I can’t believe how many athletes still do body-part splits. You’re an athlete. Not a bodybuilder.
Dividing the week into muscle groups doesn’t work for athletes.
Too many activities don’t fit into a “muscle category” for example an olympic lift (or your sport!).
Instead, use the high-low concept:
What is High-Low Training?
High-low training was popularised by famous track coach Charlie Francis.
The high/low training is alternating days of high and low CNS stress.
Allowing you to maximally stimulate different biological systems of the athlete with sufficient recovery. Whilst blending technical and physical preparation for sport.
Instead of thinking about muscles, you think about your body like a neural battery.
High CNS activities such as sprinting and heavy squats drain the battery fast.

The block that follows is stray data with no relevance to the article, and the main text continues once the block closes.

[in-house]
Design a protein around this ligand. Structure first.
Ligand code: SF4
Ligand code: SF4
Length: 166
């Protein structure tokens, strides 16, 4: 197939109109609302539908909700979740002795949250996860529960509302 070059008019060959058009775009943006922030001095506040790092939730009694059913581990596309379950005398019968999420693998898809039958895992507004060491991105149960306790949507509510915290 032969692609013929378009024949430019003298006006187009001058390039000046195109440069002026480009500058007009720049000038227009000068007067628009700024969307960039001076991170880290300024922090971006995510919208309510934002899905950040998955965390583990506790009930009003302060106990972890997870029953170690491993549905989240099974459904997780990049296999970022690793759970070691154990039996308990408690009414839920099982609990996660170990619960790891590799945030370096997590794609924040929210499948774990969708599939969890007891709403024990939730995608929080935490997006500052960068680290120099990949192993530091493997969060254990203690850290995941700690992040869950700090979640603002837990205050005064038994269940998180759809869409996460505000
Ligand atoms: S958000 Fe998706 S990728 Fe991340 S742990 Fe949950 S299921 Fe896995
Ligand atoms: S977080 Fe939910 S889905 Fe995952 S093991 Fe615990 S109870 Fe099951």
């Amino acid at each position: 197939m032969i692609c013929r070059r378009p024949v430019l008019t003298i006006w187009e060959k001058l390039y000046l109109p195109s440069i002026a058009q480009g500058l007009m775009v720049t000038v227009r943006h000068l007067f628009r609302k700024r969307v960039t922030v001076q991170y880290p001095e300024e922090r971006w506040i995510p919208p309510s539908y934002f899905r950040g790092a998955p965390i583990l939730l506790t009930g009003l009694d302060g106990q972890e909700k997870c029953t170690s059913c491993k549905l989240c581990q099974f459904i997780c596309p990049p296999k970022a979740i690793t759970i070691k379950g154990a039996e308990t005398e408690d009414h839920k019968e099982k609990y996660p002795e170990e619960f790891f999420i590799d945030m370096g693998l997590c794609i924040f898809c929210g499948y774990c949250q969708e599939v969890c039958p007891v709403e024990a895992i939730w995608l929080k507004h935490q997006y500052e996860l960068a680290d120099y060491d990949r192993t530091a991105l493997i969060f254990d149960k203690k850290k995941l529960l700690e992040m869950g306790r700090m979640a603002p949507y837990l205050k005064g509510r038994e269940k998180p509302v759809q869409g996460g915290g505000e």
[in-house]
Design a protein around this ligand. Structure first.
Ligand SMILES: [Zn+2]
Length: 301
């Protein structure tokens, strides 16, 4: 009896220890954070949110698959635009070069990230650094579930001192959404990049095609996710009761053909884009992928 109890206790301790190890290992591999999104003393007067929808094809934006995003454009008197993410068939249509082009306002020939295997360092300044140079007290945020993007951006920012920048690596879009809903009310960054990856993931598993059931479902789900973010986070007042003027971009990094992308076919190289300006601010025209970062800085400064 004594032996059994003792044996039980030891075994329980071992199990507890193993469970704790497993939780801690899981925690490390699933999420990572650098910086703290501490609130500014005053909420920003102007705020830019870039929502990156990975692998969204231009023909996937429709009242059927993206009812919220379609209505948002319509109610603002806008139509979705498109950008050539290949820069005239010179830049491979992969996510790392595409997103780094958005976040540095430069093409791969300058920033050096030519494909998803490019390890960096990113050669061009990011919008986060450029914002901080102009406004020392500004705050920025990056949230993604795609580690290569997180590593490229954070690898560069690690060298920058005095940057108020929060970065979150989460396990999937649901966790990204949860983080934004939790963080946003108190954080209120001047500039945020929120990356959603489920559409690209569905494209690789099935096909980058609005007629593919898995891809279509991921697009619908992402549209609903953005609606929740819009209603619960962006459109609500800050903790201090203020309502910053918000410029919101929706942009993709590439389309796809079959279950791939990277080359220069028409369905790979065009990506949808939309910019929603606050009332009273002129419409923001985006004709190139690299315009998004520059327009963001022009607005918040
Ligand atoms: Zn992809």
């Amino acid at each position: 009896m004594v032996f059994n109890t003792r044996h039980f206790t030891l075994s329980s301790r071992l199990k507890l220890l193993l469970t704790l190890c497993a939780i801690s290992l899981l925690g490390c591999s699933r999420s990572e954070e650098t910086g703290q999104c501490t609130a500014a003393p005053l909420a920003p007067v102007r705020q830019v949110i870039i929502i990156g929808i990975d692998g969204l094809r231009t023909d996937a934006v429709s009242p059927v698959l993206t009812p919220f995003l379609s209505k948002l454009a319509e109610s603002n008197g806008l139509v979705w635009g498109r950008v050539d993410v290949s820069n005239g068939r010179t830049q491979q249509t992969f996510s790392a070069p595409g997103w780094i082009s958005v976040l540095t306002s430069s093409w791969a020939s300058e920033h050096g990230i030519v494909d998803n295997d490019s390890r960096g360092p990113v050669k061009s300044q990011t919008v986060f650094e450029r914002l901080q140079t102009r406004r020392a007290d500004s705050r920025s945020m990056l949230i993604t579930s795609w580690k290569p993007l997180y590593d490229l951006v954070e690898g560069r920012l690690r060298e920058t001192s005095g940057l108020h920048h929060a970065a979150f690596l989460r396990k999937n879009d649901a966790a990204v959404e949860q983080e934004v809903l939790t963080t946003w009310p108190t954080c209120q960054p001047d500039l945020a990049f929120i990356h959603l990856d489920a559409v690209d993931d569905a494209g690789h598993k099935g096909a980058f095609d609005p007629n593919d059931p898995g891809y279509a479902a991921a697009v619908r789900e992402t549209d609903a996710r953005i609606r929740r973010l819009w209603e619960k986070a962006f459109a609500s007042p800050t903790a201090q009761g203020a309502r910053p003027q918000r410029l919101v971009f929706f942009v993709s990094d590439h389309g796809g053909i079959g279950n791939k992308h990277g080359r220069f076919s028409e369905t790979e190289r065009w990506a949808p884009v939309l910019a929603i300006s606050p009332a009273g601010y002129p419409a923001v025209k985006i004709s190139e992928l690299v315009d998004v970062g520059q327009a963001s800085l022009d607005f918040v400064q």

You need at least 48hrs to recharge after these activities.
If you perform them on consecutive days you’ll risk underperformance.
High vs Low Training Activities
Examples of high strain (takes at least 48hrs to recover from) vs low strain activities within contact athletes
Keeping at least 48hours between the high days allow you to not only maximally recover, but when you come back to do the next session, you’re fully recovered and able to execute it maximally.
Putting the low-days between these sessions, still allows you to develop different systems whilst balancing recovery.
Example High-Low Programme
Example plan for a rugby/American football athlete:
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